How would I prove this inequality (assuming its true, its from a textbook)

$$1 - \frac{x^2}{n} \leq (1+\frac{x}{n})^n\cdotp(1+\frac{-x}{n})^n$$

if $n > |x|$, $x\in R$ and $n\in N$

I first rewrote the inequality to $$1 - \frac{x^2}{n} \leq (1-\frac{x^2}{n^2})^n$$I then tried to manipulate the inequalities by saying the right hand side was greater than a smaller expression however I was unable to prove the above. I also tried induction where the base case works however I was unable to show that a case being true implies the next also being true.

Any help would be appreciated

  • 2
    $\begingroup$ Good first step. Now Bernoulli's inequality would help. $\endgroup$ – Daniel Fischer Jul 28 '14 at 14:01
  • $\begingroup$ How would you use the Bernoulli inequality? $\endgroup$ – bob Jul 28 '14 at 14:05
  • $\begingroup$ What does the Bernoulli inequality say? How can you relate that to the expression $\left(1-\frac{x^2}{n^2}\right)^n$? $\endgroup$ – Daniel Fischer Jul 28 '14 at 14:07
  • $\begingroup$ So, $(1-\frac{x^2}{n^2})^n > 1 - n\frac{x^2}{n^2} = 1-\frac{x^2}{n}$ ? $\endgroup$ – bob Jul 28 '14 at 14:11
  • $\begingroup$ Observe that the function $$ f (x)=(1-\frac{x^2}{n^2})^2-(1-\frac {x^2}{n}) $$ is increasing for all $|x|\ge n $. $\endgroup$ – Mohammad W. Alomari Jul 28 '14 at 14:13

$$1-\frac{x^2}{n}\overset{?}{\leq}\left(1-\frac{x^2}{n^2}\right)^n$$ is a good starting point. You can assume $|x|<\sqrt{n}$, since otherwise the inequality is trivial, with the LHS being non positive and the RHS being positive.

Consider the logarithm of both sides. Then: $$\log\left(1-\frac{x^2}{n}\right)\leq n\log\left(1-\frac{x^2}{n^2}\right)$$ is a consequence of the inequality: $$\forall z\in[0,1),\qquad \log(1-z)\leq n\log\left(1-\frac{z}{n}\right)$$ that follows from the fact that: $$\int_{0}^{z}\frac{dx}{1-x}\geq\int_{0}^{z}\frac{dx}{1-\frac{x}{n}}$$ since $(1-x)\leq 1-\frac{x}{n}$.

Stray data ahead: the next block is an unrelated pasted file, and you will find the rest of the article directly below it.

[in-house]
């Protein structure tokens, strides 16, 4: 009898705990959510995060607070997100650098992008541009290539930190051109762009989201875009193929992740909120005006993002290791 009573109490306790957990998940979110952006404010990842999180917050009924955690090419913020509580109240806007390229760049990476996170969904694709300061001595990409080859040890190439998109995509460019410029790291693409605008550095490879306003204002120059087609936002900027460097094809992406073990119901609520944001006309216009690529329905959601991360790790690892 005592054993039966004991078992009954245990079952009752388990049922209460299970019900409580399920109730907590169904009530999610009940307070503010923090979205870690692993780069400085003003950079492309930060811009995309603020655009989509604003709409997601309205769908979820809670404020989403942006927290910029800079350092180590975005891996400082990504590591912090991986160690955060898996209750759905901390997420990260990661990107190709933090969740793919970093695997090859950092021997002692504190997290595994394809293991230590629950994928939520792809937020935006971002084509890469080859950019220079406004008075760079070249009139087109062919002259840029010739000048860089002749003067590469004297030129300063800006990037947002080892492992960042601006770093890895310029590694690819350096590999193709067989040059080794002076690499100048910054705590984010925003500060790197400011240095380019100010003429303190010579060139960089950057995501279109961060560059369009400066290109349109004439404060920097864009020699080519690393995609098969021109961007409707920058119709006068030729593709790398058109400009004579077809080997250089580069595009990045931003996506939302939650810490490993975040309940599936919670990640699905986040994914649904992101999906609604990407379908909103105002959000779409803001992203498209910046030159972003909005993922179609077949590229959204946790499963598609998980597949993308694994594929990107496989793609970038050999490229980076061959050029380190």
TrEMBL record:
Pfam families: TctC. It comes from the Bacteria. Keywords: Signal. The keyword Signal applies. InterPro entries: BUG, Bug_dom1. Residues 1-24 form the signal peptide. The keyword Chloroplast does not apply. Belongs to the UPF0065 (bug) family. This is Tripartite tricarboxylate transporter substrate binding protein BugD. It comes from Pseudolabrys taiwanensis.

• $\begingroup$ Sorry, I can't understand why the last inequality is a Jensen's inequality. $\endgroup$ – Shine Jul 28 '14 at 14:16
  • $\begingroup$ @Shine: I modified my argument in order to avoid it, I think it is more elementary now. $\endgroup$ – Jack D'Aurizio Jul 28 '14 at 14:35

Deriving both sides on $x$, $$-\frac{2x}{n}\le-n\frac{2x}{n^2}(1-x^2)^{n-1},$$ or $$-1\le-(1-\frac{x^2}{n^2})^{n-1}.$$ The latter relation is obviously true for $|x|<n$, so that the LHS of the initial relation decreases faster than the RHS, while they are equal for $x=0$.

(If you prefer, $l'(x)\le r'(x)\implies l'(x)-r'(x)\le0\implies l(x)-r(x)$ is decreasing $\implies l(x)-r(x)\le l(0)-r(0)=0\implies l(x)\le r(x)$.)

  • $\begingroup$ No you cannot differentiate the "inequality" (not equality) this is not true mathematically even your solution correct or not. $\endgroup$ – Mohammad W. Alomari Jul 28 '14 at 14:22
  • $\begingroup$ What if $C^1$ continuity is guaranteed ? $\endgroup$ – Yves Daoust Jul 28 '14 at 14:28
  • $\begingroup$ No. Example: it is well know that $\log (1+x)<x $ for all $ x>-1$, $ x\ne 0$. If you differentiate both sides we get $ \frac {1}{1+x}< 1$ for all $ x>-1$ which is not true take $ x=-1/2$ $\endgroup$ – Mohammad W. Alomari Jul 28 '14 at 14:34
  • $\begingroup$ The logics goes the other way: $\frac1{1+x}>1$ for $x<0$, so that $\log(1+x)-x$ increases until $0$, where it equals $0$. Hence, $\log(1+x)-x$ is negative and $\log(1+x)<x$. I am not saying $f'(x)>g'(x)\implies f(x)>g(x)$, I am saying $f'(x)>g'(x)\implies f(x)-g(x)$ is increasing. $\endgroup$ – Yves Daoust Jul 28 '14 at 14:47
  • $\begingroup$ You wrote $\frac{1}{x+1}>1$ for $ x <0$, this is not true take $ x =-1-\frac {1}{3}$ $\endgroup$ – Mohammad W. Alomari Jul 28 '14 at 15:45

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